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5 Ways Texting Can Help Manage Chronic Conditions

Because chronic conditions such as diabetes and asthma have no known cure, a lifetime of management is necessary to ensure patients get the most out of their everyday lives. Text messaging can play an important role in managing these chronic conditions, providing benefits including:

1. Support Self Care

Managing-Chronic-Conditions-Texting-Patients

Most patients don't have immediate, 24-hour access to a nurse or doctor - a big part of their health care management is either self-administered or performed by family members with no medical background. 

There is no question that patients benefit from consistent and timely guidance and support; one way to provide that guidance is through text messaging. Information such as nutrition tips, healthy recipes, and exercise recommendations can be sent automatically to the patient’s mobile device, allowing patients and their family members to receive practical and relevant information on a regular basis.

2. Adherence to Treatment

Up to 50% of adults with chronic conditions don’t take their medications as prescribed, often because they simply forget.* This same research demonstrates that people are significantly more likely to take their medications when prompted via text message.

When people are constantly checking their mobile phones, it’s hard to miss a text message, especially one as important as a health care intervention.

3. Improved Accountability

Managing diabetes or asthma involves discipline. Unfortunately, some patients fail to take care of themselves; instead, they often depend on health care professionals for treatment. 

Text messaging can support self-management by sending reminders, alerts, or health surveys to securely monitor key health indicators. For diabetes management, our own data suggests that securely monitoring key health indicators has helped improve a1c rates by 0.5 points or more.

As a result of these prompts, patients become more involved in their own care and develop a heightened level of personal accountability.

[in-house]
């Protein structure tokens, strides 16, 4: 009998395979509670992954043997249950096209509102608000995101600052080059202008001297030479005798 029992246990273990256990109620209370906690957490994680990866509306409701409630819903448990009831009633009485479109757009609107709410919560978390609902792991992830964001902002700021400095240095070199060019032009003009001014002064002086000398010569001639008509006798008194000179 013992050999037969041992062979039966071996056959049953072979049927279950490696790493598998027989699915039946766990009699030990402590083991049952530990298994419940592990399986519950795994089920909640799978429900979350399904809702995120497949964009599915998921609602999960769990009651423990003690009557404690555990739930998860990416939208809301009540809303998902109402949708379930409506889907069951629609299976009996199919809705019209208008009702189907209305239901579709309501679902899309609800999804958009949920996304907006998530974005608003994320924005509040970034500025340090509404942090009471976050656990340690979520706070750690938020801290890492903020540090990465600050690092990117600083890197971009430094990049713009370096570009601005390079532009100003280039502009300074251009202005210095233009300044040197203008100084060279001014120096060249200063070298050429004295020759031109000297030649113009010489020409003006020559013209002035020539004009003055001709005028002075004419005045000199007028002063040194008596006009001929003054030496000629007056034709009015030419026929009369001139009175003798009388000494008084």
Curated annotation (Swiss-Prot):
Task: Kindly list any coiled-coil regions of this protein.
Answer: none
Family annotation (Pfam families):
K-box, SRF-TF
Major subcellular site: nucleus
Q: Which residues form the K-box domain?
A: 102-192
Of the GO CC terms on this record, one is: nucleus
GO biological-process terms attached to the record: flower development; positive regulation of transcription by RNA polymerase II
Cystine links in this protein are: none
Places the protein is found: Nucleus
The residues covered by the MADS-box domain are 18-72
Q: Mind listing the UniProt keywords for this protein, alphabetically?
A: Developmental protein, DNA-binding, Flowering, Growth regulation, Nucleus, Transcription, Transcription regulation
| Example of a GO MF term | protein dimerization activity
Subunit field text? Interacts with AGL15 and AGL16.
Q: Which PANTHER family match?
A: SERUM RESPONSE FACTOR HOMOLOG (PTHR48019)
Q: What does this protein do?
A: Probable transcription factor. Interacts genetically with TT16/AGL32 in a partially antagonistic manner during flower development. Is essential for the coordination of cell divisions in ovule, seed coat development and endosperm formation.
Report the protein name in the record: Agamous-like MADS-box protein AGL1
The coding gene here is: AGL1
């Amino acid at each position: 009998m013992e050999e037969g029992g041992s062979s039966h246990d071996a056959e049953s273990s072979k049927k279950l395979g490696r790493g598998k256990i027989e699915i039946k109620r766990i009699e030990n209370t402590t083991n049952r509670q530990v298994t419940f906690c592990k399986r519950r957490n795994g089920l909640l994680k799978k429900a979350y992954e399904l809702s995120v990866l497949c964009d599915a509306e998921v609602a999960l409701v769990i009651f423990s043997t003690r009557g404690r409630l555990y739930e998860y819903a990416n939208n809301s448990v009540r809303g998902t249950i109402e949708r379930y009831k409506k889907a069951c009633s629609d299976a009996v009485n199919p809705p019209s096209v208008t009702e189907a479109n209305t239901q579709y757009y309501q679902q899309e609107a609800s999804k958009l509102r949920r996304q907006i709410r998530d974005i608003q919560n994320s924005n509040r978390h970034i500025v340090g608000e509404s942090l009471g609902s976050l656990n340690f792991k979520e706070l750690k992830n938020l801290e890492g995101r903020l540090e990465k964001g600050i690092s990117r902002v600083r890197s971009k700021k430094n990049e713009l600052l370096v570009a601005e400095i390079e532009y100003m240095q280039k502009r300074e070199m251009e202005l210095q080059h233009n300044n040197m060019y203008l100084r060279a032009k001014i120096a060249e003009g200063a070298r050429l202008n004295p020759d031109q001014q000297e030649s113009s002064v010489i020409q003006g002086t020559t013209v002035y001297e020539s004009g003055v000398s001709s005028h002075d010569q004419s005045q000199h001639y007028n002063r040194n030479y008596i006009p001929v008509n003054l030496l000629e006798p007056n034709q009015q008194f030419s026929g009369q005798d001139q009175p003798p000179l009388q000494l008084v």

4. Reach At-Risk Populations

According to Scripps Health, high-risk Latinos with type 2 diabetes experienced improvement in glycemic control when a text message-based program for self-management was introduced.* In general, at-risk groups with lower socioeconomic status are harder to reach due to the limitations of their access to technology, but mobile phones are both ubiquitous and affordable enough for virtually anyone to have one. Given that text messaging is the number one cell phone activity, it is an effective means to communicate with a diverse group of patients. 

5. Personalized Content

According to the Pew Research Center, 95% of adults own a cellphone, with texting being the most widely used service.* Furthermore, text messages boast a 99% open rate, with most messages read in under 5 seconds.* It is not hard to imagine that health-related text messages, then, are quickly read and absorbed.

Text messaging represents a great opportunity to deliver personalized content – based upon factors such as condition, lifestyle and habits – and send it to the patient at precisely the moment they need it. The delivery of timely and relevant information through a channel that naturally gets attention can make a marked difference in the management of chronic conditions. 

Text messaging is a low-cost, yet effective tool to improve ongoing health care management for diabetics and asthmatics. While care must be taken when developing a text message program – to address factors such as regulatory compliance and consent – the positive impact to outcomes is well worth it.

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*Thakkar J, et al., “Mobile phone text messages for medication adherence in chronic disease: a meta-analysis,” JAMA, 2016.
*Scripps Health, “Text Messages Helpful in Controlling Diabetes.” * “Mobile Fact Sheet,” Pew Research Center, 2018.
*https://medium.com/bsg-sms/50-texting-statistics-that-can-quench-everyones-curiosity-even-mine-7591b61031f5

 

Patient Messaging, Chronic Conditions